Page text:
Guidance for King’s College London staff in supporting students to engage with oral assessments
This guidance is to support all staff involved in modules where there is an oral assessment as part of the summative assessment load. While it is recognised that all assessments would benefit from similar guidance, this is an important step in King’s ongoing commitment to Inclusive Education, where the focus is on ensuring we create a teaching environment that supports students to engage with oral assessments, embedding opportunities for skills development and check ins on wellbeing. Scenarios include:
- Live presentations to an audience, e.g. PPT, pitch, pecha kucha
- Crits, gobbets and other discipline specific oral assessments
- Modules where participation is summatively graded through oral contribution should also be considered. For more specific guidance on this type of assessment, contact Kingsfirstname.lastname@example.org
It is recognised that presentations have strong benefits to students in terms of life-long learning and skills, and students should be encouraged and supported to engage with them. It is not recommended that students opt for an alternative arrangement in the first instance, unless there is a disability known to impact engagement, or it is apparent from the students’ engagement/behaviour that they are in a state of heightened anxiety In such cases, the student should be supported to create a plan of engagement for immediate and future oral assessments. This guidance offers
- approaches to build inclusive practices for all students;
- options to help staff consider alternatives where a student is identified as being unable to complete the assessment, despite attempts to remove barriers to engagement as much as possible;
- signposting support for staff when advice is needed or there is cause for concern.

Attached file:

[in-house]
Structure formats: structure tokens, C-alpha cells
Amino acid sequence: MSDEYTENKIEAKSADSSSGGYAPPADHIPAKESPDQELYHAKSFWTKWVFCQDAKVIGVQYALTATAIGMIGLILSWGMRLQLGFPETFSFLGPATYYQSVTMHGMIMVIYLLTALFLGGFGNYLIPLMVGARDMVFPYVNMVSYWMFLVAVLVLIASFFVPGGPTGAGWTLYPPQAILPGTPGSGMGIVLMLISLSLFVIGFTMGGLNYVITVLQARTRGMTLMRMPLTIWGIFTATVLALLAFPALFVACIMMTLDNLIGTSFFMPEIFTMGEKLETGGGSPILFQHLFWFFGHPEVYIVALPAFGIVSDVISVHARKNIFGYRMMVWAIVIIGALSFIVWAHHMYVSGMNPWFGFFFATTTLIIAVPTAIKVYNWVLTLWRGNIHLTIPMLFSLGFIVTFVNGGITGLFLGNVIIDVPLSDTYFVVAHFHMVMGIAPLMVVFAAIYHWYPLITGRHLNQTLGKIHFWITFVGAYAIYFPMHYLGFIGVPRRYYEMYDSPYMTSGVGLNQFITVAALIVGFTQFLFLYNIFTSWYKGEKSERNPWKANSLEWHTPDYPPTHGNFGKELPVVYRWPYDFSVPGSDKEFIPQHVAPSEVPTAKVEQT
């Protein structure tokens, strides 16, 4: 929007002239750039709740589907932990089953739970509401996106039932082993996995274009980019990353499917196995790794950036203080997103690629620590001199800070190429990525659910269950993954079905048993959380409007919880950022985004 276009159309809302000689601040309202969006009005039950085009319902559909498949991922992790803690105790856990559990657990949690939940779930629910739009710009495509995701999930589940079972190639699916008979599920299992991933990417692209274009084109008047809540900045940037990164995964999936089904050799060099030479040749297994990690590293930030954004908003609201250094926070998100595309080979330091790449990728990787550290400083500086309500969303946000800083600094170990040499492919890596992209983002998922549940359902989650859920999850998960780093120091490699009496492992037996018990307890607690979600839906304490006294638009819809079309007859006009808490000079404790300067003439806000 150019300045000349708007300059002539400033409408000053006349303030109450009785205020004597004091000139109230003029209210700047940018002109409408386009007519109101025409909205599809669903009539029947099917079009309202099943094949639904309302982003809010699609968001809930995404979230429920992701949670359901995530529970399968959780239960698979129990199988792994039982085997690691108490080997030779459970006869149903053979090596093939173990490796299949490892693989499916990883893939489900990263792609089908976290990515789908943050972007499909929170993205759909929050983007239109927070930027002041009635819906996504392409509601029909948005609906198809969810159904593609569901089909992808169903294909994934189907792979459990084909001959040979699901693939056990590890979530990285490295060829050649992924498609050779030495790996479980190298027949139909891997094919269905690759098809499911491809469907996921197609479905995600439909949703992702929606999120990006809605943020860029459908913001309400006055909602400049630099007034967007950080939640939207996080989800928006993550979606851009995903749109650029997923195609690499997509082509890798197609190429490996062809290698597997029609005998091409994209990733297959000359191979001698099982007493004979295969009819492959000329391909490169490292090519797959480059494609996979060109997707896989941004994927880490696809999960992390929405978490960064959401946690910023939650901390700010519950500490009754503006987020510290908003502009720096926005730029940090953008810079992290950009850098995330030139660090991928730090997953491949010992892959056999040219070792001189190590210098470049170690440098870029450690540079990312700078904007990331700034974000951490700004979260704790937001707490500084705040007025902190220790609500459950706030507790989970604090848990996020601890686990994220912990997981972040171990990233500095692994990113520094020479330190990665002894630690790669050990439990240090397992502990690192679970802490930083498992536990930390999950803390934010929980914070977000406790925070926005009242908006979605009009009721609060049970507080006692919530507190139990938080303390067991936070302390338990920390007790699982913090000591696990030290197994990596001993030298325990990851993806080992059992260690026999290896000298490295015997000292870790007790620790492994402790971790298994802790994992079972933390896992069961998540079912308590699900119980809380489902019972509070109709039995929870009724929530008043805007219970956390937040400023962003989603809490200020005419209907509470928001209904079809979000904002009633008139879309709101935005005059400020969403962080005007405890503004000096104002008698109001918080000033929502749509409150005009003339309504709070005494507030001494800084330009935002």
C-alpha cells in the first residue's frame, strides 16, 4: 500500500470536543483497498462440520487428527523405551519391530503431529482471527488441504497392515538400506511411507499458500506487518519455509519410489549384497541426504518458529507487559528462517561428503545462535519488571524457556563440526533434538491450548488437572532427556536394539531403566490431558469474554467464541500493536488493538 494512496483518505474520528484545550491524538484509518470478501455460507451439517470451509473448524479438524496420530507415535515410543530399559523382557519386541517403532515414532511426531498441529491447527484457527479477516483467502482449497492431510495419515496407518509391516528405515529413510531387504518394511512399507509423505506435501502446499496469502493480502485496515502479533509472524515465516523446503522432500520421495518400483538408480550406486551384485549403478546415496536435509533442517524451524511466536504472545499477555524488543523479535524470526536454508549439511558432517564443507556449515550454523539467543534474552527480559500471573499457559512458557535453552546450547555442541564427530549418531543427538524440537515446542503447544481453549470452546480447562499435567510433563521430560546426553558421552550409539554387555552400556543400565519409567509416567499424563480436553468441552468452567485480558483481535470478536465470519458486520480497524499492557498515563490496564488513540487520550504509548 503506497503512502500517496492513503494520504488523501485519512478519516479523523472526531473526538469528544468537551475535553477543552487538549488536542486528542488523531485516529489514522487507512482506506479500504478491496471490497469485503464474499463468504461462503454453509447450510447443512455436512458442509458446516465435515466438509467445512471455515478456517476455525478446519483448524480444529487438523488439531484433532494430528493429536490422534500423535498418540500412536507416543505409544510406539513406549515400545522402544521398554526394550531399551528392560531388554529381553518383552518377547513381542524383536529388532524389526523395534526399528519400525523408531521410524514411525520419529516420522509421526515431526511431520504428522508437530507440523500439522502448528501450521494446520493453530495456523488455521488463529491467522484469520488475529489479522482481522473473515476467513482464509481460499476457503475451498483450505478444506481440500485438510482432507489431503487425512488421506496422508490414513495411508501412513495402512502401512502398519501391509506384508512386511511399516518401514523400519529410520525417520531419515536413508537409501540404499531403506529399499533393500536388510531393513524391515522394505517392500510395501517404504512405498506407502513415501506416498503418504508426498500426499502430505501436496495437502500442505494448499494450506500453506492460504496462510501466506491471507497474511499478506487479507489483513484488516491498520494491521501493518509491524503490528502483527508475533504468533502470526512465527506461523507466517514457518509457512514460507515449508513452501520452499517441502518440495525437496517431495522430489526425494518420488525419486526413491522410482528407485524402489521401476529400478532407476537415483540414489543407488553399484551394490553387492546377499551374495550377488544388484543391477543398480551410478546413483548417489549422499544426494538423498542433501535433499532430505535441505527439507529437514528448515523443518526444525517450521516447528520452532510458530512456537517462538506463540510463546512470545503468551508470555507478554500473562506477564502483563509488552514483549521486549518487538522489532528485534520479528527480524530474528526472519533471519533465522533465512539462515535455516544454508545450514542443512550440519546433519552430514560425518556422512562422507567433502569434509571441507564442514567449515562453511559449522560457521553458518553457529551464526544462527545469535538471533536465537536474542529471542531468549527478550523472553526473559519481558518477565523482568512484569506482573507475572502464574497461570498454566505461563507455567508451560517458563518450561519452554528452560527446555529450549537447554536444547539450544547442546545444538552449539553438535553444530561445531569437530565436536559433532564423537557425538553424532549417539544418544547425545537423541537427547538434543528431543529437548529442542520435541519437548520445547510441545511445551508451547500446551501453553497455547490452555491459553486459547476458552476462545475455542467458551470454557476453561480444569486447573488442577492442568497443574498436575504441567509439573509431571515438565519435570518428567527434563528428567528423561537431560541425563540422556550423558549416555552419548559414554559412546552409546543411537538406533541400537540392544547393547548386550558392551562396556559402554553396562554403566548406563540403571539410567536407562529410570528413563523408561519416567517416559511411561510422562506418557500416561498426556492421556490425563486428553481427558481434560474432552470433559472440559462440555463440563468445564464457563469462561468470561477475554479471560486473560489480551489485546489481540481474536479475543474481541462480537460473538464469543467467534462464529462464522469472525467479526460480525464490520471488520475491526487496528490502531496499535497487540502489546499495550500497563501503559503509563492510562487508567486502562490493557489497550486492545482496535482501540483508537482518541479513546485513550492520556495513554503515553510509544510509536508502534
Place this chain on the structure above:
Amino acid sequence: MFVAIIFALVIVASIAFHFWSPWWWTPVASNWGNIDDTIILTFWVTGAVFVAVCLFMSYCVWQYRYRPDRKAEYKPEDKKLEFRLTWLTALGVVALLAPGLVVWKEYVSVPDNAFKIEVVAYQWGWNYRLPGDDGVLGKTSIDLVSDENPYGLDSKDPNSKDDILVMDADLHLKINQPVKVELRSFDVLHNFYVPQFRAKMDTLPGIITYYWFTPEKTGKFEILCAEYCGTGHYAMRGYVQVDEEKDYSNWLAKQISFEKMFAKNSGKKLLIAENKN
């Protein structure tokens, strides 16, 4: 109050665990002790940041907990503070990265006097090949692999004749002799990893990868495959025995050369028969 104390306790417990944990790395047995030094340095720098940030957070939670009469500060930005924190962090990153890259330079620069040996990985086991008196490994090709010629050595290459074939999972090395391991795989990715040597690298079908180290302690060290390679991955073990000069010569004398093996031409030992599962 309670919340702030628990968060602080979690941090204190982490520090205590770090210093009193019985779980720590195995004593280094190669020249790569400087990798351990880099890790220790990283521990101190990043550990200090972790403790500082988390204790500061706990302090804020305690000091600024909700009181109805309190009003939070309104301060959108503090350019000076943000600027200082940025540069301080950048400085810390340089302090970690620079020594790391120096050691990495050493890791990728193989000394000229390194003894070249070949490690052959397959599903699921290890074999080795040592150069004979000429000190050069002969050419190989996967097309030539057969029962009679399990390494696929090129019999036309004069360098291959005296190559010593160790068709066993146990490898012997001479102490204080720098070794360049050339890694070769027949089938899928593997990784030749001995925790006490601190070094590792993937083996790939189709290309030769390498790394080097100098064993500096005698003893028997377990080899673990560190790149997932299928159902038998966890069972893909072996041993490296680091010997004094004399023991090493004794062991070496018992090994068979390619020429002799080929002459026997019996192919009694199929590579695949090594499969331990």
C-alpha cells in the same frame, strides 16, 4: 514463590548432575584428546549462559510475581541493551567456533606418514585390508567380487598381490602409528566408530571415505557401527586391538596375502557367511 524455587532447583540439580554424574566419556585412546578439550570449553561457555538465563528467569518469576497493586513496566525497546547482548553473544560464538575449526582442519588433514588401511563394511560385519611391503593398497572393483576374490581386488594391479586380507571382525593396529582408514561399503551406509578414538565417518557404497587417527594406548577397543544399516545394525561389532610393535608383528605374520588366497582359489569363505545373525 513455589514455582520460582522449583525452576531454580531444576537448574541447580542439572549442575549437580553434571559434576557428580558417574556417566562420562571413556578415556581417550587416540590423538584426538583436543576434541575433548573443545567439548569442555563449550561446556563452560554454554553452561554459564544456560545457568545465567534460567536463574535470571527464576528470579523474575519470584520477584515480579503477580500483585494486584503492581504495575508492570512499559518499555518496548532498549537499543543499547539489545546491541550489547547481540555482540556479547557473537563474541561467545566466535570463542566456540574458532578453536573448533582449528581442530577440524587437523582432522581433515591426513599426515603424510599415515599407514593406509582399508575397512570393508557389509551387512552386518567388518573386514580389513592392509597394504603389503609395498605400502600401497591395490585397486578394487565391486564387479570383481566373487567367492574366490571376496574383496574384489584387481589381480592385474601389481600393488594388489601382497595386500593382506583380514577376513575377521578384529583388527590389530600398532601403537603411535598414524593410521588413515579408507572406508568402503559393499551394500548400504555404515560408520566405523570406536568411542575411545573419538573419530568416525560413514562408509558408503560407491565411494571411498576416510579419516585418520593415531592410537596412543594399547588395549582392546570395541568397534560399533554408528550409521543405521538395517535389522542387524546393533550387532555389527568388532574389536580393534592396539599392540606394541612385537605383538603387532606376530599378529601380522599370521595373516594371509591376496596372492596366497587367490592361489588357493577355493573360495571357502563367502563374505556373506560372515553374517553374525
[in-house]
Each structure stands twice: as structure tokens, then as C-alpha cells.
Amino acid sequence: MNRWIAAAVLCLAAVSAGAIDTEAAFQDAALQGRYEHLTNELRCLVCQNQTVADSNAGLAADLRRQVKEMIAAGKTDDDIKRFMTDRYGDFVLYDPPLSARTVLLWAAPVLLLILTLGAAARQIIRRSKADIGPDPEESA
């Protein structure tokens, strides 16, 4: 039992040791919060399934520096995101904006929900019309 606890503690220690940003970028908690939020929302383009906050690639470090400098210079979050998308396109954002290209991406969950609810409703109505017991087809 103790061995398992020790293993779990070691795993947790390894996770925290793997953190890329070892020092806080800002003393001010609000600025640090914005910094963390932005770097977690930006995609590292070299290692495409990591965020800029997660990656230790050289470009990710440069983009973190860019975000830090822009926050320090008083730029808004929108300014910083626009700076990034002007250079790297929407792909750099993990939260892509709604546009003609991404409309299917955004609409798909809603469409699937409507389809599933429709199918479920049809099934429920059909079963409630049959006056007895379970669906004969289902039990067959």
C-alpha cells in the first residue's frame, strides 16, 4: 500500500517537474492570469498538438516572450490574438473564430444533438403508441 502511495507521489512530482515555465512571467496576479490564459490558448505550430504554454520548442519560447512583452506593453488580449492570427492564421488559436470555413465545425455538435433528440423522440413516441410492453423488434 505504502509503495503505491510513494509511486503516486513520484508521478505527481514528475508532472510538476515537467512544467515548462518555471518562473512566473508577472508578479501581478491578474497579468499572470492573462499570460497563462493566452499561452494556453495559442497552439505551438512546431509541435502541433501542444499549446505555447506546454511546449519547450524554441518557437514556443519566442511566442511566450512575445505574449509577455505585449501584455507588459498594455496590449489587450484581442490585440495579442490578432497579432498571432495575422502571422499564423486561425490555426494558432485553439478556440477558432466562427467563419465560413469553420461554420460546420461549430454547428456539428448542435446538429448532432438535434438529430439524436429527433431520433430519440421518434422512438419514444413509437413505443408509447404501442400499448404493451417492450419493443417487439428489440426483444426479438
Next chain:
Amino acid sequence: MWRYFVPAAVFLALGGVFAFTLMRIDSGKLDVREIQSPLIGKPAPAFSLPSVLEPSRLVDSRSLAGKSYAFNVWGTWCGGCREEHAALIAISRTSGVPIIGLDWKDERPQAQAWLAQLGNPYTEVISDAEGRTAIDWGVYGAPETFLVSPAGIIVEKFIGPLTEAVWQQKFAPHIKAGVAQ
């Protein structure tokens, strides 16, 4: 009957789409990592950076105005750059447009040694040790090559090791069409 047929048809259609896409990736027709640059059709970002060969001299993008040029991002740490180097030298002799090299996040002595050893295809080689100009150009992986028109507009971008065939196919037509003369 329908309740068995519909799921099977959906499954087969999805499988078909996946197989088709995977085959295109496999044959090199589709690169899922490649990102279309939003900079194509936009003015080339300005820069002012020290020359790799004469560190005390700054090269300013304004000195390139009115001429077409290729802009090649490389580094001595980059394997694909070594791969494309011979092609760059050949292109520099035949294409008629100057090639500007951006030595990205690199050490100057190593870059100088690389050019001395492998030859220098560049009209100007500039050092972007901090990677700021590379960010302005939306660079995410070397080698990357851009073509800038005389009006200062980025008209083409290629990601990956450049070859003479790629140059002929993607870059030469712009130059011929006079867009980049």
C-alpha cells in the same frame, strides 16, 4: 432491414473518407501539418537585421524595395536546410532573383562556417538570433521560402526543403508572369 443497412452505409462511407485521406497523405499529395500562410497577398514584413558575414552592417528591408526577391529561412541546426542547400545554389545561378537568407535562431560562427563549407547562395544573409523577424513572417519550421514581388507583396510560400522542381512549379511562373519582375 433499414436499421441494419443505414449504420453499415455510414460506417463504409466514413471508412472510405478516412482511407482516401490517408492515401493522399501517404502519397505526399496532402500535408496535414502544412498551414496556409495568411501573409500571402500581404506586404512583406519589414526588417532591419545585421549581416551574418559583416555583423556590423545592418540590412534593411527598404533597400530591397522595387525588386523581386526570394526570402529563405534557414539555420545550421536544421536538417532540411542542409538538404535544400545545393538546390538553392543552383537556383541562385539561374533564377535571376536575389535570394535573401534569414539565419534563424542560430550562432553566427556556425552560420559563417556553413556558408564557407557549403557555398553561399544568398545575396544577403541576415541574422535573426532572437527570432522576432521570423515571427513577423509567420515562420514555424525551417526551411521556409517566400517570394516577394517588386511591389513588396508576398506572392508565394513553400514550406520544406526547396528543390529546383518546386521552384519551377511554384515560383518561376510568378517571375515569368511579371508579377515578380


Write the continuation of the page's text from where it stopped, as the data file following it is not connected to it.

The guidance is intended to be a step-by-step procedure for supporting students and is divided into things you need to consider before, during and after the module has been run.
BEFORE THE MODULE– assessment design and communication
|Assessment patterns need to be advertised at the time students select modules for compliance with Competition and Markets Authority (CMA).
Is the assessment requirement really clear on your module pages so that student know what they will have to do – and when – before they take the module?
|If your department or faculty has specific support for students to enhance their skills in preparation for the assessment, this should be made clear in module communication.|
|Core learning outcomes relating to competency standards which must be assessed due to regulatory body requirements should be clear to students on all module information. When designing assessments, consider what learning outcomes students need to meet and what can be done in a different way to afford a student the best opportunity to demonstrate the learning/skills without a disadvantage to long term student learning? (AdvanceHE has some useful guidance here)
|Provide students with a (limited) choice of assessment outputs which align with the learning outcomes within module parameters. See this resource for support.
|Have alternative arrangement options ready for those students who may need them later (some students will be identified as unable to engage despite support offered- see during the module).
For group work, consider whether everyone has to present live in order for them to meet the learning outcomes. Perhaps if the work itself rather than communication skills are key, students could be allowed to choose/allocate roles or modes of delivery which makes them more comfortable.
|Taking a programme approach to assessment design: do the learning outcomes have to be met by a presentation on this module or where might it be more appropriate at another point in the programme? Taking a programme overview allows us to see where students might be over-assessed through certain assessment types.